From Animal House to Risky Business to Superbad, these classic house party movies all have three things in common: No parents around, too much alcohol and destroyed property the next day. Sisters however, turns the house party movie on its head by filtering the party through the lens of two 40-year-old women, and the result is hilarious.
With the right mix of booze, dancing, hot guys and girls, an epic house party can make high-school history. But what if the hosts are no longer in high school? Or even college? What if they’re in their 40s and one is a mom herself?
Kate (Tina Fey) is a single mom with a teenage daughter, who struggles to stay employed as a hairstylist. Her sister, Maura (Amy Poehler), is the responsible one with a steady job as a nurse, but her life lacks spontaneity. When they learn their parents are selling the home they grew up in, the two siblings reunite to throw one last party.
What makes this so fun is getting to see Kate and Maura’s teenage bedroom, which is an homage to the early 1980s and probably very similar to both Fey and Poehler’s real bedrooms from 30 years ago. Posters of Xanadu and Michael J. Fox cover the wall. Kate and Maura take turns reading excerpts from their diaries, taking us back to the awful, awkward 13-year-old we all survived.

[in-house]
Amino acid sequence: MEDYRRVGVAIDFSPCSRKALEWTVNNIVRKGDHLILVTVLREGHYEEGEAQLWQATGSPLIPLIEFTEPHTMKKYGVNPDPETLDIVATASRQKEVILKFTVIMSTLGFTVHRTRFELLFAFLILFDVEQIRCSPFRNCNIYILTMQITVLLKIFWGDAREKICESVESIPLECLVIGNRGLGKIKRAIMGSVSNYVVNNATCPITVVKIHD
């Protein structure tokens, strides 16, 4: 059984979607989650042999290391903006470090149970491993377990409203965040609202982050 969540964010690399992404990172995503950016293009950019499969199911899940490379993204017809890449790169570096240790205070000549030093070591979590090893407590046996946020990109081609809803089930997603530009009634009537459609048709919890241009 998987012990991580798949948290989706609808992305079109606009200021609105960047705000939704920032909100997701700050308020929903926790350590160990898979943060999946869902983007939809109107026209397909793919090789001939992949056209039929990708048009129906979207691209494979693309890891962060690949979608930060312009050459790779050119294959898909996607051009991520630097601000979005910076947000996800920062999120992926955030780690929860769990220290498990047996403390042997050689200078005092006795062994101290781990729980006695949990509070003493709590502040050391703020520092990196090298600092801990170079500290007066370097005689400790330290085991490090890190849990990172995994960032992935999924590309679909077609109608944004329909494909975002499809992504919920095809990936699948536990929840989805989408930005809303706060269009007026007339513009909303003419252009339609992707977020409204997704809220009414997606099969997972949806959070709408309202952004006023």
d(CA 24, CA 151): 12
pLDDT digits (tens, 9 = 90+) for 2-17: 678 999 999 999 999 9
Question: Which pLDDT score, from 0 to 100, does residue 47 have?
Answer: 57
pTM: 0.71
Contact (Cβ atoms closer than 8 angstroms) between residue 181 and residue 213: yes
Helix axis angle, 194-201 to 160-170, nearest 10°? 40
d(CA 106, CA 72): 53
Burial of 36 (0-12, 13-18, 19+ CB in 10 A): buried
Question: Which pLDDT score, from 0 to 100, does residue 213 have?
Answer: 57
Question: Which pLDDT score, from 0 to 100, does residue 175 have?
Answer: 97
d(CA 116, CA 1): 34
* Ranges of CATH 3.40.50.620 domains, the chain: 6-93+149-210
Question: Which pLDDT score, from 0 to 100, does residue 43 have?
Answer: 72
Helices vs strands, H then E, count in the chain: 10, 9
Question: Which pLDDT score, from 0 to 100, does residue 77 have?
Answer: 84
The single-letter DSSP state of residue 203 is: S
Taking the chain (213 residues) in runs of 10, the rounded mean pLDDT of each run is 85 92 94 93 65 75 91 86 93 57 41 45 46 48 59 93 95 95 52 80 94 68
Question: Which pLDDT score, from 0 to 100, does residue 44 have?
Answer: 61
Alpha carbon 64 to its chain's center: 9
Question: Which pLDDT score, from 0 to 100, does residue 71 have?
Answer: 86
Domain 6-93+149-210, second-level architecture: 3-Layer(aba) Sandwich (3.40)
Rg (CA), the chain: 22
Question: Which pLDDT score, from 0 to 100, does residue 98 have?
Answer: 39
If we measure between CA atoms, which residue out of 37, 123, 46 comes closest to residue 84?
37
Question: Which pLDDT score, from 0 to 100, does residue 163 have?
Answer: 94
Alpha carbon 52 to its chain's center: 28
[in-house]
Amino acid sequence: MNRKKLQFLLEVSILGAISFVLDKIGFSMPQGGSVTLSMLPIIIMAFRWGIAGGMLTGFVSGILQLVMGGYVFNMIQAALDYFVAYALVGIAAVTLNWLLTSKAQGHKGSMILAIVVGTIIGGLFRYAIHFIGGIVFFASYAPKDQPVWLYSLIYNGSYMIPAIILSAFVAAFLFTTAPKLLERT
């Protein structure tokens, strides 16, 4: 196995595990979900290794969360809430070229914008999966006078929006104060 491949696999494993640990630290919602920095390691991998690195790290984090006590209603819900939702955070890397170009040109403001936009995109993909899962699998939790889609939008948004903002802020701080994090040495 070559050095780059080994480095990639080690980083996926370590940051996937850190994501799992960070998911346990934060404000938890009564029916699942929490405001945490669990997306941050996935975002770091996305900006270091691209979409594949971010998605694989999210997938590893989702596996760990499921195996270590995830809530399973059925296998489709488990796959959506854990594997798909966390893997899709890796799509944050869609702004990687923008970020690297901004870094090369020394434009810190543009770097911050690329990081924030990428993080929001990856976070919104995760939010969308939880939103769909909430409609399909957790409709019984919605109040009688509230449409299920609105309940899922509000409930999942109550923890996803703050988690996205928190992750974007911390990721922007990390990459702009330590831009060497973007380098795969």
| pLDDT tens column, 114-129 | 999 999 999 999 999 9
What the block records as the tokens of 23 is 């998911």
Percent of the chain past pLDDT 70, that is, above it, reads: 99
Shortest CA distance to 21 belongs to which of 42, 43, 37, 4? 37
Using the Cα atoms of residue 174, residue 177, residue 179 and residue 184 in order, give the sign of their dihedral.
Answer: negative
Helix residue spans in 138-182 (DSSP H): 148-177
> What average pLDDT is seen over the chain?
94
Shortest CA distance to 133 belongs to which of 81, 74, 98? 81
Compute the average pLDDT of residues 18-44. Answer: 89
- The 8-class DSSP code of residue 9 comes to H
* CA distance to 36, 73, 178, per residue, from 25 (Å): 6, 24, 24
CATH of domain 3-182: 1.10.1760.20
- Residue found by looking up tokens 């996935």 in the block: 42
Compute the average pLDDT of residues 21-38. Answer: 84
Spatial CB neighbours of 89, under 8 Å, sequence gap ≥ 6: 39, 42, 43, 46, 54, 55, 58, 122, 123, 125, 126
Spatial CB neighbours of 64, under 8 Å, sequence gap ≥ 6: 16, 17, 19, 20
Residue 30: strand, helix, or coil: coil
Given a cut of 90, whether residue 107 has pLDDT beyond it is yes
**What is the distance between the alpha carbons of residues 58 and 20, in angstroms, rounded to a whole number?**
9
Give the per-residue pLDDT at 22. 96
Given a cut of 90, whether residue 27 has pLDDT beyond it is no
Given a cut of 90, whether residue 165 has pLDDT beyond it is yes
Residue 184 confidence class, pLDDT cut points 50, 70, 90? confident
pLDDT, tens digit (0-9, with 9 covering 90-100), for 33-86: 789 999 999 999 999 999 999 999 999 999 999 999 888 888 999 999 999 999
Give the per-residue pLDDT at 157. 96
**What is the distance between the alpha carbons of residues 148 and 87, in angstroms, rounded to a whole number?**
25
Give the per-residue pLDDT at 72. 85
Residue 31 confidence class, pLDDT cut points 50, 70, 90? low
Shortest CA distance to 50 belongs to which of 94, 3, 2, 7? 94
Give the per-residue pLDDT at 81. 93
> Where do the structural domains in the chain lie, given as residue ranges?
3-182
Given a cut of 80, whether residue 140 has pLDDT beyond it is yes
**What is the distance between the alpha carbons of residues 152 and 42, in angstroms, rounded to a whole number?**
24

Of course, Kate and Maura go shopping for the right party dress but strike out at first, because, well, let’s just say fashion has changed quite a bit from the shoulder pads and leg warmers that were so popular in the ’80s. Fey and Poehler lets it all hang out, and it’s refreshing to see them massively fail at dressing.
Wanting to score some pot for the shindig, the ladies invite a steroid-addled hulk named Pazuzu (WWE all-star, John Cena), who carries every drug you can think of in his suitcase, from Adderall to Molly to meth. It seems drugs have changed since the ’80s, too, making it clear that they grew up in a much simpler time.
The high-school mean girl, Brinda (Maya Rudolph), decides to ditch her Game of Thrones viewing night to crash the house party as well, adding the bitchy tension we all remember from teenage life.
Why is being a teenager so hard? Why is being an adult even harder? The movie doesn’t really answer those questions, but it implies that family is the one thing worth growing up for. Coming-of-age movies rarely focus on middle-aged women, but both Fey and Poehler embrace their characters’ arrested development, and they are laugh-out-loud funny doing it.
Sisters opens in theaters today.